My childhood Christmases were steeped in tradition. Every last detail, it seemed, was carefully thought out, packed with meaning, and then re-enacted, year after year.
There were cookie decorating rituals, candle lighting traditions, and family carol singing as we drove to the midnight Christmas Eve service (after which we always went to Grandma's for shrimp cocktail, a nut-encrusted cheese ball and ginger ale). On Christmas morning there were specific stocking procedures, followed by a much-anticipated (rarely-altered) breakfast and present opening.
The entire season was all about doing things the same way, every year, and somehow I never tired of revisiting every favorite ornament and well-worn tradition. That's why, when I got married and had my own children, I fully intended to create a similar holiday culture. Maybe I wouldn't encompass all the same rituals, but we would be steeped in traditions, nonetheless. And that's exactly what happened...until the year I decided to flee to Miami for Christmas.
Actually, I didn't just lose my mind and hop a plane to Miami. My divorce took place in there, somewhere between the cozy family scenes around the Christmas tree and my very un-Christmas-like escape. Divorce sure has a way of throwing a wrench in our visions of how things "should be," doesn't it?
My decision to go to Miami for Christmas surprised everyone, including me. As a Michigan girl who has never been fond of Florida, I have always been of the opinion that Christmas must involve snow. And of course it must involve family! But sometimes seeking the exact opposite of what we are used to is the best coping mechanism for dealing with unhappy change.
In my case, I was anticipating my first Christmas without my two young daughters. As the autumn leaves were falling from the trees two months earlier, the realization that I could not "do Christmas" without my daughters hit me hard. I mean, I could mark certain aspects of the season without being physically with them on Christmas day -- we still made cookies and put up a tree -- but I couldn't go to my parents' house and spend the 25th going through all the holiday rituals without them. If Christmas had to be different, I was going to make sure it was very different. Miami did the trick.
That was seven years ago, and it was the only Christmas I reinvented to that extreme. But Miami helped break a cycle of intent sameness, teaching me valuable lessons about flexibility and the importance of holding traditions loosely. Because even though life has since settled into a new normal, it's clear that a stubborn determination to make traditions happen will only cause more grief during a time of year that stirs up enough sadness on its own.
Change, after all, is the great constant. Even without a divorce in the mix, things change. Our kids get older. Our siblings get married or move away. Climate change means you can no longer rely on a white Christmas, even in Michigan. Changing religious beliefs or preferences ripple out, causing holiday practices and traditions to change, too. Life will change, so it seems the healthiest approach to the holidays is found somewhere between firm tradition and constant flux. Here are a few examples of how you might find that happy medium:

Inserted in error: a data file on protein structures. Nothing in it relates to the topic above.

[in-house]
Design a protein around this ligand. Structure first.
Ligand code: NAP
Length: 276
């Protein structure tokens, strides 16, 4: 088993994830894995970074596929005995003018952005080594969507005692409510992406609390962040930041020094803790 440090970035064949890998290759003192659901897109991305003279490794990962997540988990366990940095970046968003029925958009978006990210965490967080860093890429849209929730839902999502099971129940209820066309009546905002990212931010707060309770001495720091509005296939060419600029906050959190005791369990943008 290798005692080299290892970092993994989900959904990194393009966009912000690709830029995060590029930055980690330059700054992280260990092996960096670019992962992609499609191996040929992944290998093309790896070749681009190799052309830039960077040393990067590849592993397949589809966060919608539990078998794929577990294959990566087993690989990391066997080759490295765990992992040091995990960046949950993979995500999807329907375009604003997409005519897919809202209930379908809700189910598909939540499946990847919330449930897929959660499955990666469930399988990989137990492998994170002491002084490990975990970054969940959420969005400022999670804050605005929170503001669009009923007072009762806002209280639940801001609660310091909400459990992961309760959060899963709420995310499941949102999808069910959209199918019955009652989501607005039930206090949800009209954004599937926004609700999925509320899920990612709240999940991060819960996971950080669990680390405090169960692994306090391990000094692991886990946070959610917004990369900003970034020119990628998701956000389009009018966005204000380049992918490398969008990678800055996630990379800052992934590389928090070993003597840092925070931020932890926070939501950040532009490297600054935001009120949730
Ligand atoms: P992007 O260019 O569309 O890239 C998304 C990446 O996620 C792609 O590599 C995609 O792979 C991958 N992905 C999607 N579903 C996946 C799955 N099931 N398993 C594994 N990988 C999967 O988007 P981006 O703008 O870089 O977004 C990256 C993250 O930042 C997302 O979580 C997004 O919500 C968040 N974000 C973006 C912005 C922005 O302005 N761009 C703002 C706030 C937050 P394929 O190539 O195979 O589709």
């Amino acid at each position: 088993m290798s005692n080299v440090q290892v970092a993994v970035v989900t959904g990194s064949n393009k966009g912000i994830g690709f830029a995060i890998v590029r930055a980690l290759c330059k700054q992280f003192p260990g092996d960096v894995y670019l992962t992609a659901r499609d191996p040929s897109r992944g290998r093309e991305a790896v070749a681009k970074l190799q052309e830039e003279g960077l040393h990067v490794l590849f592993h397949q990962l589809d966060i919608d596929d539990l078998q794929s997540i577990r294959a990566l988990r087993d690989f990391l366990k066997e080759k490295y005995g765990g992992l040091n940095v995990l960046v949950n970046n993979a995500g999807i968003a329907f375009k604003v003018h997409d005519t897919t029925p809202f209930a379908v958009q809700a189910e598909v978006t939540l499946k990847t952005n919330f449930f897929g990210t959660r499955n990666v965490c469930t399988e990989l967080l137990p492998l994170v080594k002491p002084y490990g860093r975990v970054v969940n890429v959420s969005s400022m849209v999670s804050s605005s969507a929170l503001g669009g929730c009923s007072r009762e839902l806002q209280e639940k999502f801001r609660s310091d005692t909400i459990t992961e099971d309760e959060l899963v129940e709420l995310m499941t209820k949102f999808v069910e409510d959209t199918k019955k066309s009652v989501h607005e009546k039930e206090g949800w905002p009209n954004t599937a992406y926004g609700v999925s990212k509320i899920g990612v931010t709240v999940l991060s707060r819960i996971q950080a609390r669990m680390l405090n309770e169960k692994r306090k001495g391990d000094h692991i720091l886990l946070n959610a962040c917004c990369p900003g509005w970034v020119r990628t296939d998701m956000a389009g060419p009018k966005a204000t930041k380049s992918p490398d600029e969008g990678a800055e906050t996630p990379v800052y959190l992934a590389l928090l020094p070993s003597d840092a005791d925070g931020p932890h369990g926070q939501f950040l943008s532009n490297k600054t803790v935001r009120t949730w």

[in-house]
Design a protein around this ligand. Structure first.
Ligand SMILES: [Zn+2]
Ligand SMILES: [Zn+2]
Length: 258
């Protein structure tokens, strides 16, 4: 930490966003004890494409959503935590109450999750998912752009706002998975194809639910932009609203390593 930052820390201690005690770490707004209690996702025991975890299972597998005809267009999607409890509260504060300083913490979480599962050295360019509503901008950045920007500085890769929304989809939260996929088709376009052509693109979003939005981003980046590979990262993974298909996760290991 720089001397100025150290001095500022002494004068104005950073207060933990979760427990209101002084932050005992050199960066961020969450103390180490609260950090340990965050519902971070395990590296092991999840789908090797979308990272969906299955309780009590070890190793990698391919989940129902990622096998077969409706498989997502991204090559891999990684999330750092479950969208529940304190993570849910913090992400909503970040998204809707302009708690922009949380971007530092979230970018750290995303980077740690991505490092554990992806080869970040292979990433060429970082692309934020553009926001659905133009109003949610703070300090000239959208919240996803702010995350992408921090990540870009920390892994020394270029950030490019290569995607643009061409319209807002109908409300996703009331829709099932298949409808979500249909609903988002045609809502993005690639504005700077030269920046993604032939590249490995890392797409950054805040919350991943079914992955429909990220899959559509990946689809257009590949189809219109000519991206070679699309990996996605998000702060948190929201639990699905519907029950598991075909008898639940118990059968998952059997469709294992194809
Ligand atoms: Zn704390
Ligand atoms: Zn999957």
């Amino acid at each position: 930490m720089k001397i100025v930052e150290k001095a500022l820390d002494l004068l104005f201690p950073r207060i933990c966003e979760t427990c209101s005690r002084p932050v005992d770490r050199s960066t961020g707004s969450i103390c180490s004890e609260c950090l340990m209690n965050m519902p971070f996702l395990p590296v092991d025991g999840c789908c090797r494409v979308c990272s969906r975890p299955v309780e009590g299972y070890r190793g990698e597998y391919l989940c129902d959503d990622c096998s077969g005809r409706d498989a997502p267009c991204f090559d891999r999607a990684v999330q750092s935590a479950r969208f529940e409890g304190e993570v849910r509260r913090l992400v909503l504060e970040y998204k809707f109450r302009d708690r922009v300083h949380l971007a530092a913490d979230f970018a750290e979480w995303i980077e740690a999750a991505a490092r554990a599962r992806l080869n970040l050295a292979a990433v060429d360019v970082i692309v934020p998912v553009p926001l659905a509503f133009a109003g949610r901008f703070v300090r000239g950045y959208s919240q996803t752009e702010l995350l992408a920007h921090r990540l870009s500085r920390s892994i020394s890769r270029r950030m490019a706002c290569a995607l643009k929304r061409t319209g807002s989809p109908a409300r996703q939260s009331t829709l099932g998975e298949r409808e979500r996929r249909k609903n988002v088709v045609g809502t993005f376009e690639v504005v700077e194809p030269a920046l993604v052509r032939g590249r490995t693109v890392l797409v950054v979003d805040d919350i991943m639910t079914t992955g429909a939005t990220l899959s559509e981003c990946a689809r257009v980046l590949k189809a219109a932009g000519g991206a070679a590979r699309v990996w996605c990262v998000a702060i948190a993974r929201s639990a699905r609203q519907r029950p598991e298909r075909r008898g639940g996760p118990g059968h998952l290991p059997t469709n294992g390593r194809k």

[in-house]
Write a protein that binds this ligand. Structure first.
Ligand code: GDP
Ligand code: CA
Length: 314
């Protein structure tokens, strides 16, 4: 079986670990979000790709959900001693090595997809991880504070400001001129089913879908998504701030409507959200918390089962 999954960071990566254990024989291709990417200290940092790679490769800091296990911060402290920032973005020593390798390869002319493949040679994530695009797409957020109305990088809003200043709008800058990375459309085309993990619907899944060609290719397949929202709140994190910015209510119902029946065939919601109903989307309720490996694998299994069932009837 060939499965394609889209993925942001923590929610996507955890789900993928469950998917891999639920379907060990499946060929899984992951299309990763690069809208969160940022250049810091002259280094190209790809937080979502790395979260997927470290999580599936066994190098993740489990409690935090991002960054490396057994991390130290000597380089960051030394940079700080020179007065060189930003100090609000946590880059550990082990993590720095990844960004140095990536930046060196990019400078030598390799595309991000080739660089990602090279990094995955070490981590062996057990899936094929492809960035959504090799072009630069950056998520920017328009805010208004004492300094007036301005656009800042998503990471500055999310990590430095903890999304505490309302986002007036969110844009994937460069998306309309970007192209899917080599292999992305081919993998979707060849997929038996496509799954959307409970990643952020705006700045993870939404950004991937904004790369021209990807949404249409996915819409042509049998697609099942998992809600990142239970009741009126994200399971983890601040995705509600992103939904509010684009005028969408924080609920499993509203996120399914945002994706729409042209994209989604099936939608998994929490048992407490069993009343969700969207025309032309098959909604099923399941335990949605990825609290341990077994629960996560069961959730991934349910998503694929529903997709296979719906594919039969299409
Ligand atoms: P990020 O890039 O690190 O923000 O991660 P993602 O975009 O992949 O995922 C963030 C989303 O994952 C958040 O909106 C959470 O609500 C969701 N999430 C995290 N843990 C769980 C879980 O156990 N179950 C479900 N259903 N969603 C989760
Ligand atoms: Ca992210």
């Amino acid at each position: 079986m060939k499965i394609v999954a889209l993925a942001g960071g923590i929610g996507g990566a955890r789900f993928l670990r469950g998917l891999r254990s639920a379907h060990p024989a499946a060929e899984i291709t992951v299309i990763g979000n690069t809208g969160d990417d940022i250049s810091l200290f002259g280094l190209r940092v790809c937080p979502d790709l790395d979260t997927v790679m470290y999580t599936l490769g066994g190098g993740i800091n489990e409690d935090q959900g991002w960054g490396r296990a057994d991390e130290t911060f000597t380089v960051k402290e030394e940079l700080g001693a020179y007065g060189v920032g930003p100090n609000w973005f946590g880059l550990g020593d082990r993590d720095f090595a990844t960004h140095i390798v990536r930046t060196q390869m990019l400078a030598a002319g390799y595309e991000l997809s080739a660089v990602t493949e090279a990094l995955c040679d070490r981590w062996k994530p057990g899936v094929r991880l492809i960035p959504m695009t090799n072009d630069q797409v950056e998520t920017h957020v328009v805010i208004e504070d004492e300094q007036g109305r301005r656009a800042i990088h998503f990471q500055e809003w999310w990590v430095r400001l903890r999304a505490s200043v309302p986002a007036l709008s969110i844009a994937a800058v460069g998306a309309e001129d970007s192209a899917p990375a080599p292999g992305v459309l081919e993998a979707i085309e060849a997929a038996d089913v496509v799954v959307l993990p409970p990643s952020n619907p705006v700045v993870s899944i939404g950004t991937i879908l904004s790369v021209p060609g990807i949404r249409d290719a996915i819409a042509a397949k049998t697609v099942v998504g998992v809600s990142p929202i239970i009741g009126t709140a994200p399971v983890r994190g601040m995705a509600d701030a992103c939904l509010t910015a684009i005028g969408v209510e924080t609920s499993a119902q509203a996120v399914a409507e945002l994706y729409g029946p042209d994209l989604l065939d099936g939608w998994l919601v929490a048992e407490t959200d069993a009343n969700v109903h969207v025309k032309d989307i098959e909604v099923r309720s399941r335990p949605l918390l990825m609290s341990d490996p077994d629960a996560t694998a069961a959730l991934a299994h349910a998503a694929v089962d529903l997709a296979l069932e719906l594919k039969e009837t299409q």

- Determine which traditions matter the most to you and figure out how to work them into the holiday season, even if they happen on a smaller scale or within a different time frame. If you're divorced and have kids, keep in mind that you probably get to spend less time with them--trying to do everything you used to do will probably be an exercise in frustration.
- Talk with kids and family members about old traditions that don't always happen any more. It's natural to feel defeated or frustrated by the memories, but try instead to think of the act of remembering them as a new way to keep those traditions alive. An evening of "remember when" stories can be a great family bonding experience, even if some of the stories are tinged with sadness.
- Think of new things to do that will make the holiday special and fit your current family structure (your kids' ages, your schedule, your budget, etc.). Maybe some of these new things will become traditions (and maybe they won't--that's OK too). The point is to break the cycle of rituals that have become too deeply entrenched, opening the door to new ideas and possibilities.
- Make the season meaningful on a personal level. You, after all, are always with yourself, whether you're at home or in Miami, remarried or not, with or without your kids. Rather than relying on so many factors you can't control to make the holiday special, find some small meaningful practices you can control. (For instance, I'm participating in a daily Advent photography project on Instagram, and I'm knitting some gifts for friends and family. I can usually make both of those things happen daily, no matter what else is going on around me.)
- Focus on giving to others, and find new ways to go about it. It's easy at this time of year to be hyper-aware of what we want. After all, that's how most of us grew up experiencing Christmas anticipation--in the form of our wish lists. But as adults--especially divorced adults--we need to set aside this focus and replace it with something else. Not only is it mentally and emotionally healthy to focus on giving rather than getting, it's also refreshing to move away from traditional forms of gift giving. Find ways to give your time through volunteering. Take your kids shopping to pick out food for a food bank or gifts for families in need. And maybe even go out on a limb and think about what you might want to give to the people in your life who represent some of the hurt you feel at the holidays. It's very likely that more compassion, forgiveness and grace are what we all need most this season.